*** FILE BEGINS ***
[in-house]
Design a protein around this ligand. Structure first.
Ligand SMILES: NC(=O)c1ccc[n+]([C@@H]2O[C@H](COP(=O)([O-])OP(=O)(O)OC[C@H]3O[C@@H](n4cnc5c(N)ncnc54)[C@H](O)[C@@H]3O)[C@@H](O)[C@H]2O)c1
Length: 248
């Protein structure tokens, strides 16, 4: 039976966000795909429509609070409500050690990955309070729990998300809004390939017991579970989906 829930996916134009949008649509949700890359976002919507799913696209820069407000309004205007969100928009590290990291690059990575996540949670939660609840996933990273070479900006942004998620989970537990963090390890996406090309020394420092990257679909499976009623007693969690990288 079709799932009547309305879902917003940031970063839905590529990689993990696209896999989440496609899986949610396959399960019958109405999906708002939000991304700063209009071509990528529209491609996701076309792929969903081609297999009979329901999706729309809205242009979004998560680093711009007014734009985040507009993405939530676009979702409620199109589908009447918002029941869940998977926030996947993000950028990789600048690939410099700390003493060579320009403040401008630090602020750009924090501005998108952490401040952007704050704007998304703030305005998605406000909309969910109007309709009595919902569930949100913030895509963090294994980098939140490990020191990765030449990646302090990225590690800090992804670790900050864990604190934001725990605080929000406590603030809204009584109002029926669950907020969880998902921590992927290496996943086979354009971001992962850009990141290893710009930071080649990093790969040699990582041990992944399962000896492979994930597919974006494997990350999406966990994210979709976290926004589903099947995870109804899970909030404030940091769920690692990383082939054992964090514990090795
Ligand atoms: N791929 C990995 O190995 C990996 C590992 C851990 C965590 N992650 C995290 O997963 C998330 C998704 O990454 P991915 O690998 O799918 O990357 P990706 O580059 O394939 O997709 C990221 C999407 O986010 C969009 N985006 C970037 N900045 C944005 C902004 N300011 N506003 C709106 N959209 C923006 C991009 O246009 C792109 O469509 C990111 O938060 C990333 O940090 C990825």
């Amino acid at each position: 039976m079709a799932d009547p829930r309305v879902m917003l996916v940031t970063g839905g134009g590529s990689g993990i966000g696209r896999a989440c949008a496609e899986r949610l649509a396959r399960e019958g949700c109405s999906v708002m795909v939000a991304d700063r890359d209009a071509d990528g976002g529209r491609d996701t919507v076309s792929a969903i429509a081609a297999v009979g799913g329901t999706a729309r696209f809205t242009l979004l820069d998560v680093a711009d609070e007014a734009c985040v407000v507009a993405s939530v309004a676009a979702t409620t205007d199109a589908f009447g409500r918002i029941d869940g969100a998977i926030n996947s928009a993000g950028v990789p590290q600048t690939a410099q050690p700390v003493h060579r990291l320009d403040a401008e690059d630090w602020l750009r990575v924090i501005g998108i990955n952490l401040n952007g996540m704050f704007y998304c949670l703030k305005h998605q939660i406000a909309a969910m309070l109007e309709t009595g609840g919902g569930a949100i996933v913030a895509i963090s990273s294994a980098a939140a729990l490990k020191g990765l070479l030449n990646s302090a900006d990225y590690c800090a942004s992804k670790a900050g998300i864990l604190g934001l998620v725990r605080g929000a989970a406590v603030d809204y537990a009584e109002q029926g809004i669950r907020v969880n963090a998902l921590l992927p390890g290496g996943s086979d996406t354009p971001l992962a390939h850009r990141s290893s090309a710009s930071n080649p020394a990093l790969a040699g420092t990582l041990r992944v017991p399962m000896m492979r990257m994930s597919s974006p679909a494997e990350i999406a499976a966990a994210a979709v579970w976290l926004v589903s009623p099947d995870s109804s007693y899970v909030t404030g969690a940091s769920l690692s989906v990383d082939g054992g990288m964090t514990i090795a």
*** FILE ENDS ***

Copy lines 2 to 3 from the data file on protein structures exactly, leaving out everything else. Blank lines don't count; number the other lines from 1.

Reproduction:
Design a protein around this ligand. Structure first.
Ligand SMILES: NC(=O)c1ccc[n+]([C@@H]2O[C@H](COP(=O)([O-])OP(=O)(O)OC[C@H]3O[C@@H](n4cnc5c(N)ncnc54)[C@H](O)[C@@H]3O)[C@@H](O)[C@H]2O)c1